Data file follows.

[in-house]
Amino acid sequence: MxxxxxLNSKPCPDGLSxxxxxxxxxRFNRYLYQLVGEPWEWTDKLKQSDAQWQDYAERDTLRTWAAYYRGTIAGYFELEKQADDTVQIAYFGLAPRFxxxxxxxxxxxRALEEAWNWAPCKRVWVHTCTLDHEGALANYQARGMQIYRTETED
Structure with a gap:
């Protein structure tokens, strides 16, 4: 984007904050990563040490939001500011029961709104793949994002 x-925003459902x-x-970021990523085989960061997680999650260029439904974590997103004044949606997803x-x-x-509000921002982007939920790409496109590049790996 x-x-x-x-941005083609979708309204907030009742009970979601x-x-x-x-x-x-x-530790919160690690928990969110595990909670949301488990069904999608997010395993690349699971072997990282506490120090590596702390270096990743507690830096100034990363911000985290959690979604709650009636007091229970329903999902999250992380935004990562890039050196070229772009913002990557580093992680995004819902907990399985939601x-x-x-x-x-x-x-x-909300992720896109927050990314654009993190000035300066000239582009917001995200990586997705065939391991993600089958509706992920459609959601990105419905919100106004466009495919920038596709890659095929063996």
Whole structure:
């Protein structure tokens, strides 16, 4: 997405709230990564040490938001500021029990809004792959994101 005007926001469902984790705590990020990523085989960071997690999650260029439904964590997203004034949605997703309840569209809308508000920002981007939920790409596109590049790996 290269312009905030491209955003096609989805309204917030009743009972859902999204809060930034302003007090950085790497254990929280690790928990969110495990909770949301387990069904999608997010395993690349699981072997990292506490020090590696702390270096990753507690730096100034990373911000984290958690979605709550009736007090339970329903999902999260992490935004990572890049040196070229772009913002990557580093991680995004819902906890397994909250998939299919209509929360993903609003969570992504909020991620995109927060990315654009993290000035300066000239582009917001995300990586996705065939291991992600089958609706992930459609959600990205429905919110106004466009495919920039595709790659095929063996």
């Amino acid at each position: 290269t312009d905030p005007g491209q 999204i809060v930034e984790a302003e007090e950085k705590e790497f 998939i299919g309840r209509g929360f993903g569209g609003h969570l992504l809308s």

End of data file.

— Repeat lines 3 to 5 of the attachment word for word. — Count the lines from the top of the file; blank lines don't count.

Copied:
Structure with a gap:
């Protein structure tokens, strides 16, 4: 984007904050990563040490939001500011029961709104793949994002 x-925003459902x-x-970021990523085989960061997680999650260029439904974590997103004044949606997803x-x-x-509000921002982007939920790409496109590049790996 x-x-x-x-941005083609979708309204907030009742009970979601x-x-x-x-x-x-x-530790919160690690928990969110595990909670949301488990069904999608997010395993690349699971072997990282506490120090590596702390270096990743507690830096100034990363911000985290959690979604709650009636007091229970329903999902999250992380935004990562890039050196070229772009913002990557580093992680995004819902907990399985939601x-x-x-x-x-x-x-x-909300992720896109927050990314654009993190000035300066000239582009917001995200990586997705065939391991993600089958509706992920459609959601990105419905919100106004466009495919920038596709890659095929063996």
Whole structure: